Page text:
10. [10] T. Yamashiro, K. Kawada, M. Nagamatsu, and T. Yamamoto, “A Practice of ‘Monozukuri’ Education Featuring “Rescue Robots Production” in an Elementary School,” Trans. on JSME, Vol.77, No.776, pp. 1465-1476, 2011 (in Japanese).
  11. [11] T. Yamamoto, T. Ichikawa, and S. Fujisawa, “A Consideration on Rescue from Viewpoint of Technology Education,” J. of Robotics and Mechatronics, Vol.15, No.5, 2003.
  12. [12] A. Eguchi, “Educational Robotics for Elementary School Classroom,” Proc. of Society for Information Technology & Teacher Education Int. Conf. 2007, pp. 2542-2549, 2007.
  13. [13] A. Yorita and N. Kubota, “Robot Assisted Instruction in Elementary School Based on Robot Theater,” J. of Robotics and Mechatronics, Vol.23, No.5, 2011.
  14. [14] N. Rusk, M. Resnick, R. Berg, and M. Pezalla-Granlund, “New Pathways into Robotics: Strategies for Broadening Participation,” J. of Science Education and Technology, Vol.17, pp. 59-69, 2008.
  15. [15] M. Bers, “When robots tell a story about culture...and children tell a story about learning,” In N.Yelland, Contemporary Perspectives on Early Childhood Education, Open University Press, pp. 227-247, 2010.
  16. [16] M. Bers, R. New, and L. Boudreau, “Teaching and Learning when No One Is Expert: Children and Parents Explore Technology,” Early Childhood Research and Practice, Vol.6, No.2, 2006.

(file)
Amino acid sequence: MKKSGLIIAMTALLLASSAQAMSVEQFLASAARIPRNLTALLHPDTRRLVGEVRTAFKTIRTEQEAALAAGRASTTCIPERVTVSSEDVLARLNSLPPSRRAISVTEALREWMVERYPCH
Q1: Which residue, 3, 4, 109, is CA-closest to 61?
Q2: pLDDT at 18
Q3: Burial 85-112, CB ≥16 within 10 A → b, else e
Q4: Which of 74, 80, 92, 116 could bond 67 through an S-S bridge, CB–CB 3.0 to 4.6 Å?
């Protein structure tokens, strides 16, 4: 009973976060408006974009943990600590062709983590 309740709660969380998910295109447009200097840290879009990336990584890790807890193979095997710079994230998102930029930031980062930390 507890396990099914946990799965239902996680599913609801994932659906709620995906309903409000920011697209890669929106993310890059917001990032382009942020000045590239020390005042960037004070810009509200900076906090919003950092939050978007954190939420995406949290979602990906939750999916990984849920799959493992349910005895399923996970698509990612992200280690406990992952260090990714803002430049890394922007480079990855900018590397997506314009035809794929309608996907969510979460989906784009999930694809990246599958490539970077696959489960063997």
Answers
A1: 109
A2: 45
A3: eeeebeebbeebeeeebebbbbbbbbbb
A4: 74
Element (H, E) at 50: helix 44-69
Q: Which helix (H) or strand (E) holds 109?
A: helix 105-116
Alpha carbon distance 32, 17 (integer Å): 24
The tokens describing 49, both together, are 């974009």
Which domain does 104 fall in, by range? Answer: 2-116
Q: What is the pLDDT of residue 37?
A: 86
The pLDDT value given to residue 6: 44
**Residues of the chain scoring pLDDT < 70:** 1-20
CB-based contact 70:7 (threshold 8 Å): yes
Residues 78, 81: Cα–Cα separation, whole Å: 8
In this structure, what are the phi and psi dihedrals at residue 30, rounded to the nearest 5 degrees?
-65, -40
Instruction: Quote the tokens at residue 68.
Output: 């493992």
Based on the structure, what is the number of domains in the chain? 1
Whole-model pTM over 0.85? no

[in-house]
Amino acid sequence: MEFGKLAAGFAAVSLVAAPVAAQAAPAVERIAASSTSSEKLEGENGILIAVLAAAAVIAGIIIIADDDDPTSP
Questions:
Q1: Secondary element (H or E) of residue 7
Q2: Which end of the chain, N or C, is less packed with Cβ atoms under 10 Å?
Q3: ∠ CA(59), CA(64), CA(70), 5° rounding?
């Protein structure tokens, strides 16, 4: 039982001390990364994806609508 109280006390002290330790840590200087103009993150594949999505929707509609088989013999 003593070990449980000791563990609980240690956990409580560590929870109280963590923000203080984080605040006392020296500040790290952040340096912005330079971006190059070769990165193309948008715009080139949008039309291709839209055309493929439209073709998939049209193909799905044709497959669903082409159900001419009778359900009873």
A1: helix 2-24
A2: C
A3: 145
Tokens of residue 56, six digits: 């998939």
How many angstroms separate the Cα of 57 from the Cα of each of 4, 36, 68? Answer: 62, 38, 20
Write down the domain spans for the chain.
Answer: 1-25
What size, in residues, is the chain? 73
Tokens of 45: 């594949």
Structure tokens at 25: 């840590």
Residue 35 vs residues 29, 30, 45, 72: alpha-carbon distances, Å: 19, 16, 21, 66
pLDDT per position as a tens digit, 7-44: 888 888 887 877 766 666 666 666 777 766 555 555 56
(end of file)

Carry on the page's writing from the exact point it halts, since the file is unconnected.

17. [17] B. Gustafson and P. Rowell, “Elementary Children’s Technological Problem Solving: selecting an initial course of action,” Research in Science & Technological Education, Vol.16, No.2, pp. 151-163, 1998.
  18. [18] J. Bransford, R. Sherwood, N. Vye, and J. Rieser, “Teaching Thinking and Problem Solving – Research Foundations,” American Psychologist, Vol.41, No.10, pp. 1078-1089, 1986.
  19. [19] P. Sadler, H. Coyle, and M. Schwartz, “Engineering competitions in the middle school classroom: Key elements in developing effective design challenges,” J. of The Learning Sciences, Vol.9, No.3, pp. 299-327, 2000.
  20. [20] S. Brophy, S. Klein, M. Portmore, and C. Rogers, “Advancing Engineering Education in P-12 Classrooms,” J. of Engineering Education, Vol.97, No.3, pp. 369-387, 2008.
  21. [21] B. J. Gustafson, P. M. Rowell, and D. P. Rose, “Children’s ideas about strengthening structures,” Research in Science & Technological Education, Vol.19, No.1, pp. 111-123, 2001.
  22. [22] M. Bers and C. Urea, “Technological prayers: parents and children exploring robotics and values,” In A. Druin and J. Hendler (Eds.), Robots for kids: Exploring new technologies for learning experiences, San Francisco: Morgan Kaufman/Academic Press, 2000.
  23. [23] J. Shotwell, D. Wolf, and H. Gardner, “Exploring early symbolization: Styles of achievement,” In B. Sutton-Smith (Ed.), Play and Learning, New York: Gardner Press, pp. 127-156, 1979.

  24. Supporting Online Materials:
  25. [a] Robotics Society of Japan
    [accessed October 1, 2012]

*This site is desgined based on HTML5 and CSS3 for modern browsers, e.g. Chrome, Firefox, Safari, Edge, IE9,10,11, Opera.

Last updated on Feb. 21, 2020